Doubts rise about Syria's chemical weapons disclosure
Members of the Syrian opposition have accused President Assad of transferring chemical weapons to Hezbollah in Lebanon.
| Beirut, Lebanon
A flurry of accusations that Syria has transferred some of its chemical weapons to Lebanon and Iraq is casting suspicion over Damascus' compliance with a deal brokered by the United States and Russia to hand over its chemical arsenal.
The accusations have been made exclusively by staunch opponents of President Bashar al-Assad's regime, casting some doubt on the credibility of the claims. Regardless, the allegations could further muddle the complex task of cataloging Syria’s entire chemical weapons arsenal before destroying it.
Last week, Fahd al-Masri, a spokesman for the rebel Free Syrian Army (FSA), repeated a claim he initially made in July that two truckloads of Syrian chemical weapons had been transferred to Lebanon’s Shiite militant group Hezbollah, an ally of the Assad regime, and were being stored at the group's bases. He named the locations as the Sannine mountain, north east of Beirut; Ayoun Oghosh and in the hills of Yammouneh both on the western flank of the Bekaa Valley; and in mountains between Hermel and Mishmish in north Lebanon.
Mr. Masri claimed to have video footage backing his accusation – although it has not been released publicly – and added that “international intelligence apparatuses are aware” of the arms transfer.
But no evidence has emerged that Hezbollah has acquired or even sought chemical weapons. The party bases its deterrence against Israel on the threat of pounding Israeli cities and towns with its arsenal of conventional rockets and blockading Israeli coastal ports with its anti-ship missiles.
Syrian opposition member Kamal al-Labwani told the Saudi daily Al-Watan that the chemical weapons had been smuggled into Lebanon hidden in trucks carrying vegetables. The same claims have been repeated by General Salim Idriss, the commander of the FSA, and General Zaher al-Sakat, a top chemical weapons specialist for the Assad regime before his defection earlier this year.
Such accusations are not new. In 2003, Hezbollah was accused of being a recipient of Iraqi weapons of mass destruction that were allegedly smuggled into Syria ahead of the US-led invasion of Iraq in March that year.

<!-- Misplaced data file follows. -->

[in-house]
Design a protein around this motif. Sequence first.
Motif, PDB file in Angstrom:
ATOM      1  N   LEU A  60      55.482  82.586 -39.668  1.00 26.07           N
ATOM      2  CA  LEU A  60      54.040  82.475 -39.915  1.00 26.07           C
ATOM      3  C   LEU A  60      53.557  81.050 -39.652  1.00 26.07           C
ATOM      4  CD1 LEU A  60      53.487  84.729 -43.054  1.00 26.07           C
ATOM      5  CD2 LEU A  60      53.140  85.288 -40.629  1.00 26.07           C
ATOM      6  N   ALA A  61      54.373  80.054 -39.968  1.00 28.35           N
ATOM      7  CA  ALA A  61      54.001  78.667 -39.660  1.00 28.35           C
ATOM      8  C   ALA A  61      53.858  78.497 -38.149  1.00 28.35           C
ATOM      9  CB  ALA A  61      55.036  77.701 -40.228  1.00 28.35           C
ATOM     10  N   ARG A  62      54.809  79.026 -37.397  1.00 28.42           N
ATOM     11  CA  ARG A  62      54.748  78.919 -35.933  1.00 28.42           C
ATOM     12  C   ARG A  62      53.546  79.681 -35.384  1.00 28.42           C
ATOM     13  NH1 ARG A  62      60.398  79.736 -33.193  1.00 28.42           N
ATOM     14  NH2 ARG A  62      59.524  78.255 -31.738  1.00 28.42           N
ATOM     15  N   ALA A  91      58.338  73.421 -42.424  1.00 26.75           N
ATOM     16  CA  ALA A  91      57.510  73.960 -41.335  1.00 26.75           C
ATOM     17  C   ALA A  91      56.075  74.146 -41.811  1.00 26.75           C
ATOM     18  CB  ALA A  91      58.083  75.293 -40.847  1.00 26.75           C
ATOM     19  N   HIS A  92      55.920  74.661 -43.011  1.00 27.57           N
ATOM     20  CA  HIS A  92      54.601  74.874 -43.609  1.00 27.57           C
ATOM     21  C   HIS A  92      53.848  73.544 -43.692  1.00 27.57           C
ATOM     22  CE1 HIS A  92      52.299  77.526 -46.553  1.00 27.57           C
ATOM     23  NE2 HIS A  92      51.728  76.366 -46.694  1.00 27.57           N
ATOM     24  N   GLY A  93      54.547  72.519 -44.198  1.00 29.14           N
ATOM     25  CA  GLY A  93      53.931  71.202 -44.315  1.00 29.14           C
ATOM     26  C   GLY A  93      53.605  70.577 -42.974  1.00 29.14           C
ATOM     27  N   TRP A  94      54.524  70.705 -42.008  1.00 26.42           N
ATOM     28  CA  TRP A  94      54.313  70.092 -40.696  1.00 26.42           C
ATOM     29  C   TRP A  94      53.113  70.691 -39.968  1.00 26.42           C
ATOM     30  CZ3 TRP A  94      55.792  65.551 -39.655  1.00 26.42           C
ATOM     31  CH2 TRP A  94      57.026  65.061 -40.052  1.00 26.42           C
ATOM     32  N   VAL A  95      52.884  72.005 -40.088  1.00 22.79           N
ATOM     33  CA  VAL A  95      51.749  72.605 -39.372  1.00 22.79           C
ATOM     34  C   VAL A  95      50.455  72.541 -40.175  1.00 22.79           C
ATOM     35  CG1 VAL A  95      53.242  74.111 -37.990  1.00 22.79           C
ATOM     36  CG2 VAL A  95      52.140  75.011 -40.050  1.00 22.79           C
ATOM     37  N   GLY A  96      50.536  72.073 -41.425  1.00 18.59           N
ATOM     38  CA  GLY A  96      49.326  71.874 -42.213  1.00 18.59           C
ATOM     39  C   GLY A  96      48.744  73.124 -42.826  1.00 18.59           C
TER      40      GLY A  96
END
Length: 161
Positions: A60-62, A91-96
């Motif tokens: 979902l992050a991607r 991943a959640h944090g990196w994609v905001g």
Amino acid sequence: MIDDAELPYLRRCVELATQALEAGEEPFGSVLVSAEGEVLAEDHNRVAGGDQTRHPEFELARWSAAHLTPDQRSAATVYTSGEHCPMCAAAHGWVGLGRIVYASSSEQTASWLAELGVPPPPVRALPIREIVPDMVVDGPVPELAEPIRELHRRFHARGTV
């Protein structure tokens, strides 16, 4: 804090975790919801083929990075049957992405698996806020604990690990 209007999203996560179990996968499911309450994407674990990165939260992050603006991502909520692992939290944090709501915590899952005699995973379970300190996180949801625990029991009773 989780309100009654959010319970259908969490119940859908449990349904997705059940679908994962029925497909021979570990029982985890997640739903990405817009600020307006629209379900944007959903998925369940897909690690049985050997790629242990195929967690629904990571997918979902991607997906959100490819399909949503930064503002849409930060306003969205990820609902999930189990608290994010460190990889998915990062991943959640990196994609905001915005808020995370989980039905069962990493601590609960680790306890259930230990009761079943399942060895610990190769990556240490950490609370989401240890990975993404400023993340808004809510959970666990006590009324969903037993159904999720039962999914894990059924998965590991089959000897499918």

Sheikh Hassan Nasrallah, the leader of Hezbollah, on Monday scoffed at the claims, describing them as a “laughable accusation” and repeating past assertions that his party would never seek such weapons because of “religious taboos.”
It is no secret that Hezbollah runs a string of military bases and training camps in the Bekaa Valley, including in the vicinity of the locations mentioned by Masri of the FSA. Hezbollah is also believed to have amassed an extensive stockpile of advanced weapons in recent years, including guided missiles capable of reaching Tel Aviv, anti-ship missiles, and air defense systems.
But even Israel, which has repeatedly warned that Hezbollah's acquisition of chemical weapons would cross a “red line,” has given no indication that it suspects such munitions have crossed into Lebanon.
“As far as we know, he [Nasrallah] does not want them,” Maj. General Yair Golan, the commander of the Israeli army’s northern front, told the Israeli daily Yedioth Ahronoth last week.
Last weekend, the Assad regime handed over an initial inventory of its chemical stockpile to the Netherlands-based Organization for the Prohibition of Chemical Weapons. The OPCW is examining the material prior to seeking ways of conducting on-ground inspections of chemical weapons sites and the subsequent destruction of the munitions.
The US-Russian agreement reached two weeks ago in Geneva followed a chemical weapons strike against rebel-held areas of Damascus on Aug. 21 that killed more than a thousand people. A UN report on the attack confirmed that Sarin nerve agent was used. While it did not apportion blame, it included circumstantial evidence to back Western accusations that the Assad regime was responsible.